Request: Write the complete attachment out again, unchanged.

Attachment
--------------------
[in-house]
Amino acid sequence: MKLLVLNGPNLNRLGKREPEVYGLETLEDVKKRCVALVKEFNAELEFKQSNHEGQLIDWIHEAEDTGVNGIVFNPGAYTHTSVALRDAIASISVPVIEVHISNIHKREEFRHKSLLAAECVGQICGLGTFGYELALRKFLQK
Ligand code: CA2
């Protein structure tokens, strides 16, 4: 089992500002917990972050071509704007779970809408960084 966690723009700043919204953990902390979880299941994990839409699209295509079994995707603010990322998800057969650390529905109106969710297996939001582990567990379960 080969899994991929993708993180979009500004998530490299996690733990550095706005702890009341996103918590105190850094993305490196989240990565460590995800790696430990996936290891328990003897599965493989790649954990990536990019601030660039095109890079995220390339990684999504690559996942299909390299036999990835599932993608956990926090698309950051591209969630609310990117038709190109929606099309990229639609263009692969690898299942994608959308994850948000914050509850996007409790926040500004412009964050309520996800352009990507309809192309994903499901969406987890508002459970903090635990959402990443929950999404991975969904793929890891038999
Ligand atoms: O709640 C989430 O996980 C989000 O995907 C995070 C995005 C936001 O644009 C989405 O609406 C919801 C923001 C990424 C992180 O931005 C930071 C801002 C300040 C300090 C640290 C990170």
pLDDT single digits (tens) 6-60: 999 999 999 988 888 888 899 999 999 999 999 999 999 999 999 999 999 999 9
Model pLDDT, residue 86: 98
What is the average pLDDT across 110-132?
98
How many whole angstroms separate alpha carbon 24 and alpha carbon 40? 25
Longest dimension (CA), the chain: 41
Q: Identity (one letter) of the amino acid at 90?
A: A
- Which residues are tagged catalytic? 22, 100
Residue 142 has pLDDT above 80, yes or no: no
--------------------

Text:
[in-house]
Amino acid sequence: MKLLVLNGPNLNRLGKREPEVYGLETLEDVKKRCVALVKEFNAELEFKQSNHEGQLIDWIHEAEDTGVNGIVFNPGAYTHTSVALRDAIASISVPVIEVHISNIHKREEFRHKSLLAAECVGQICGLGTFGYELALRKFLQK
Ligand code: CA2
């Protein structure tokens, strides 16, 4: 089992500002917990972050071509704007779970809408960084 966690723009700043919204953990902390979880299941994990839409699209295509079994995707603010990322998800057969650390529905109106969710297996939001582990567990379960 080969899994991929993708993180979009500004998530490299996690733990550095706005702890009341996103918590105190850094993305490196989240990565460590995800790696430990996936290891328990003897599965493989790649954990990536990019601030660039095109890079995220390339990684999504690559996942299909390299036999990835599932993608956990926090698309950051591209969630609310990117038709190109929606099309990229639609263009692969690898299942994608959308994850948000914050509850996007409790926040500004412009964050309520996800352009990507309809192309994903499901969406987890508002459970903090635990959402990443929950999404991975969904793929890891038999
Ligand atoms: O709640 C989430 O996980 C989000 O995907 C995070 C995005 C936001 O644009 C989405 O609406 C919801 C923001 C990424 C992180 O931005 C930071 C801002 C300040 C300090 C640290 C990170």
pLDDT single digits (tens) 6-60: 999 999 999 988 888 888 899 999 999 999 999 999 999 999 999 999 999 999 9
Model pLDDT, residue 86: 98
What is the average pLDDT across 110-132?
98
How many whole angstroms separate alpha carbon 24 and alpha carbon 40? 25
Longest dimension (CA), the chain: 41
Q: Identity (one letter) of the amino acid at 90?
A: A
- Which residues are tagged catalytic? 22, 100
Residue 142 has pLDDT above 80, yes or no: no